We photographed farmer Ramsey McPhillips, vintner Moe Momtazi and Waste Management’s Director of Disposal Operations Paul Burns. 

Our first location proved to be the most tricky and forced me to refer to my inner MacGyver. For the two-page spread opener, we needed a high perspective to show not only the farmland, but the landfill—all in one frame. Because the scout happened the day before our (very) early shoot the following day, and far away from both Seattle AND Portland, we had to make do with what we had. And we didn’t have a ladder. I did, however, have a trusty C-stand. After a quick trip to a local Radio Shack for a longer USB tether, I completely disregarded all common sense and hoisted my Canon 5D MkII up about eight feet and fired it remotely from my laptop. You know what? It worked. And I didn’t break the camera or nuthin’!

Mr. McPhillips, also known as a “hortivangelist,” was a photographer’s dream. He looks like he stepped right out of a Winslow Homer or Andrew Wyeth painting. In fact, that was my goal—make it look like a painting.

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This is what you do when you don’t have a ladder…
(Click for bigger. © William Anthony)

The other two locations proved, by comparison, to be a piece of cake. My Toyota 4x4 came in handy as we scaled the steep dry hills of the Maysara Winery to get an environmental portrait of Moe tucked under the shade of a lone tree on the hill. The light was perfect.

Our last location was in the birch grove planted near the landfill that is fertilized by the run-off leachate. Rows and rows of uniformed trees made a great backdrop for our subject, Paul. Props to the folks at Waste Management for being part of the conversation, no matter how testy. All too often, in our risk-averse PR culture, publications often simply get the “no comment” line. 

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Behind-the-scenes at all three locations in McMinnville, OR.
(Clockwise from upper-left: Farmer Ramsey McPhillips in the grass seed field, AD Mike Novak standing in for a frame-up at Maysara vineyards, Mike at the Waste Management location (safety first!) and Ramsey call his dog. (Click for bigger. © William Anthony)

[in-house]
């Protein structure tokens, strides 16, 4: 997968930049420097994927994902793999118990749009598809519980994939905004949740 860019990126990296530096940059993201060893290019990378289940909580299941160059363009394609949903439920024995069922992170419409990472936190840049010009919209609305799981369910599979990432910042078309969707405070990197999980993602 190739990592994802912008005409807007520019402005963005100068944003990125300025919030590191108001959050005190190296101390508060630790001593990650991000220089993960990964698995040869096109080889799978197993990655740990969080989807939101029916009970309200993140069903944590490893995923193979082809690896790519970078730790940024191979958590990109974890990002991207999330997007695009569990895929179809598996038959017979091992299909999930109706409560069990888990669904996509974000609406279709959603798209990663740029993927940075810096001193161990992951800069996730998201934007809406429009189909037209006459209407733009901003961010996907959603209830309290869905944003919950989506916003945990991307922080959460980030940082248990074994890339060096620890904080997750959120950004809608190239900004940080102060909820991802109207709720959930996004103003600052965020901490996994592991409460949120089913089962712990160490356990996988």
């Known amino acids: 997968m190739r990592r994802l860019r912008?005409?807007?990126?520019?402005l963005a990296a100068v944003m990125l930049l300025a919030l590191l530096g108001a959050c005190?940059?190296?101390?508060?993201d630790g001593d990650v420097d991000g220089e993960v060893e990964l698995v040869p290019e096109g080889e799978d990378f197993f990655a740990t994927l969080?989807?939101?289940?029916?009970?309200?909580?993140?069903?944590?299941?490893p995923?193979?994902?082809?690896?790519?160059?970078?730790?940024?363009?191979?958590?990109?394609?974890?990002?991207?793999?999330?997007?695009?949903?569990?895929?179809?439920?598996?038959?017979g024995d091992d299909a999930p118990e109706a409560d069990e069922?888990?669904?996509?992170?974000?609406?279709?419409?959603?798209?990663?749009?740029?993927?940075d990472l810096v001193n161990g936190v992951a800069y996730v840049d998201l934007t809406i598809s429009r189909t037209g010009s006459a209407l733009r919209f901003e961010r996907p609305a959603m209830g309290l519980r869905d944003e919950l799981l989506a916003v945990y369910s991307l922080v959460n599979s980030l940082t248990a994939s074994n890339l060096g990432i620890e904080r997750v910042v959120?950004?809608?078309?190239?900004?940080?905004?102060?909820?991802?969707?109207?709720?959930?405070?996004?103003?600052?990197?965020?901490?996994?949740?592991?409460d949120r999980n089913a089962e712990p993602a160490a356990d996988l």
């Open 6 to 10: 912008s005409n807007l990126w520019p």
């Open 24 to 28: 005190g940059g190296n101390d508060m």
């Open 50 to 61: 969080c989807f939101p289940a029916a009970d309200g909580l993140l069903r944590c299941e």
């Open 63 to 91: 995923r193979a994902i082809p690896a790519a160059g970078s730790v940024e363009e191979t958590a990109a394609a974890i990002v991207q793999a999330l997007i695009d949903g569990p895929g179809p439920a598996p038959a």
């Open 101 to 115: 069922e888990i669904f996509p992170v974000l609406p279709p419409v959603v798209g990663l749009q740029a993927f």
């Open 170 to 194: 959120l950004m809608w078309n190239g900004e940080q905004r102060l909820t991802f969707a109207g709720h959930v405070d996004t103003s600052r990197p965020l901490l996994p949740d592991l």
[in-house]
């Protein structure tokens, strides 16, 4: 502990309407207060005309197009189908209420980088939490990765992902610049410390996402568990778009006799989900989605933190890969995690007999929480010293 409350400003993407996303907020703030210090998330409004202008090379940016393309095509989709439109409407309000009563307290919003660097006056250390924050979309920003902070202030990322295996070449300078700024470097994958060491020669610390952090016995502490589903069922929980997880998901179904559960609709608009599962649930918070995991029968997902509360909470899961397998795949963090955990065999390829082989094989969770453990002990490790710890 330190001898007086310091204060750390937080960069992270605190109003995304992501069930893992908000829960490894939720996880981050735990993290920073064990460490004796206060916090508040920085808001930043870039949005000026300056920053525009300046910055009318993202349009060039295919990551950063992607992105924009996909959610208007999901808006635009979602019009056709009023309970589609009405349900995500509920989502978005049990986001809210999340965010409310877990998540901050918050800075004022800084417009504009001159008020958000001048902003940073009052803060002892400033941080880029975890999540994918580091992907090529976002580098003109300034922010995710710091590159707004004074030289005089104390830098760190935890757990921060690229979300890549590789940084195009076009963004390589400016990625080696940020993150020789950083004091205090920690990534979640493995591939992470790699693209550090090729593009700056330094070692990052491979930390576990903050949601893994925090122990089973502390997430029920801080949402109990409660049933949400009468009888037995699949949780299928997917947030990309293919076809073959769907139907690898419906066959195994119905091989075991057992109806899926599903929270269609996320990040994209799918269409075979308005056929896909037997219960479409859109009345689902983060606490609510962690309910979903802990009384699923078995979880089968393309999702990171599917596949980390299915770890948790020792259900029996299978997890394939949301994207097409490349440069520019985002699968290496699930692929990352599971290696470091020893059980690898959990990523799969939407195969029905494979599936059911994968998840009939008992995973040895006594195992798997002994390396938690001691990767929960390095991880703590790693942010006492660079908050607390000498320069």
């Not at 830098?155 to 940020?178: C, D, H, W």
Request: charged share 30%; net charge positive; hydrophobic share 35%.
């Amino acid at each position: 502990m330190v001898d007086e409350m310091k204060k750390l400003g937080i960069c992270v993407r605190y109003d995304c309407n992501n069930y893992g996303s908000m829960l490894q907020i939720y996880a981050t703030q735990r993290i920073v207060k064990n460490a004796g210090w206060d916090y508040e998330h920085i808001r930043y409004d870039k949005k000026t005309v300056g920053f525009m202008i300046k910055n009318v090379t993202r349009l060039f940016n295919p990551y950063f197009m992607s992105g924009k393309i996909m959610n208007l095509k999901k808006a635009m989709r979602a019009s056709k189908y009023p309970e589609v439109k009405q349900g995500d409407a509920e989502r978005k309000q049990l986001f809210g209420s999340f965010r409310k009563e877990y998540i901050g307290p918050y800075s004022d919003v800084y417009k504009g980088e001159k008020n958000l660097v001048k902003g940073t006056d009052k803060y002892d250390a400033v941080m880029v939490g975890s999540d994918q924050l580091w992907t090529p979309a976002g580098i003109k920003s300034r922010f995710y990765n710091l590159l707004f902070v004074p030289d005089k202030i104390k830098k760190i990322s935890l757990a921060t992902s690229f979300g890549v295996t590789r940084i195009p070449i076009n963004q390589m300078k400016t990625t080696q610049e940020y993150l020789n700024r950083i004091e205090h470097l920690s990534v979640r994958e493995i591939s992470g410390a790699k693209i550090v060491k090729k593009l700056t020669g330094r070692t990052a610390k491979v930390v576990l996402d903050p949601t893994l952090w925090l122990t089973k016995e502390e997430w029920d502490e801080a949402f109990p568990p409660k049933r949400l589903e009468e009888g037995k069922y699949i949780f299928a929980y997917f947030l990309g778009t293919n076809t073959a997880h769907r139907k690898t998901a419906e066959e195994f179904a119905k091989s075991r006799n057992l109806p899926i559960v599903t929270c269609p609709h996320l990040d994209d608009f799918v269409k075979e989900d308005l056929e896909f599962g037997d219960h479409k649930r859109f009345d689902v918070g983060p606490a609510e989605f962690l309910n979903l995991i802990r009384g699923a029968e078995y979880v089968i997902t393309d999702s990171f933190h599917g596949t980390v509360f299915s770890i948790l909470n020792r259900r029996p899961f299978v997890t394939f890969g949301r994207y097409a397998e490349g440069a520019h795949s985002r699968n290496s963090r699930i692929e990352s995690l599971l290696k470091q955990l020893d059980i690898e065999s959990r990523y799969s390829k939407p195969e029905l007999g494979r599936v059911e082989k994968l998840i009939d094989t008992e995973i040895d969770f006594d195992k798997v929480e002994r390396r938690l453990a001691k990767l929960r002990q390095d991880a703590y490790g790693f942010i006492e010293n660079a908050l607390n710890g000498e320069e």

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Candid Instagram of Ramsey McPhillips in his 100+ year old farmhouse.
(Click for bigger. © William Anthony)

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Vintner Moe Momtazi on the hillside vineyards.
(Click for bigger. © William Anthony)

While I don’t think the conflict will be resolved quickly, I do feel like we did the story justice. To read the feature and see the images full-size, click here.

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Credits:

Client: Portland Monthly

Art Direction: Mike Novak

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End of Summer (Again.)

(Click for bigger. © William Anthony)

All the #bumbershoot photos on Facebook & Instagram got me all nostalgic this weekend. Six years ago myself and colleagues Ryan Schierling and Bradley Hanson showed some of our favorite photos from shooting Bumbershoot 2005 at the End of Summer gallery show in the Fidalgo Northwest Room. Good times.

It’s even more special knowing that KEXP will be expanding and building out their new studios in the exact same rooms.

David Brown Recruiting

(Click for bigger. © William Anthony)

More recent work. This time a portrait session with recruiter David Brown for his company’s new web site.

(Click for bigger. © William Anthony)

(Click for bigger. © William Anthony)

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Credits:

Client: David Brown International

Art Direction: Corianton Hale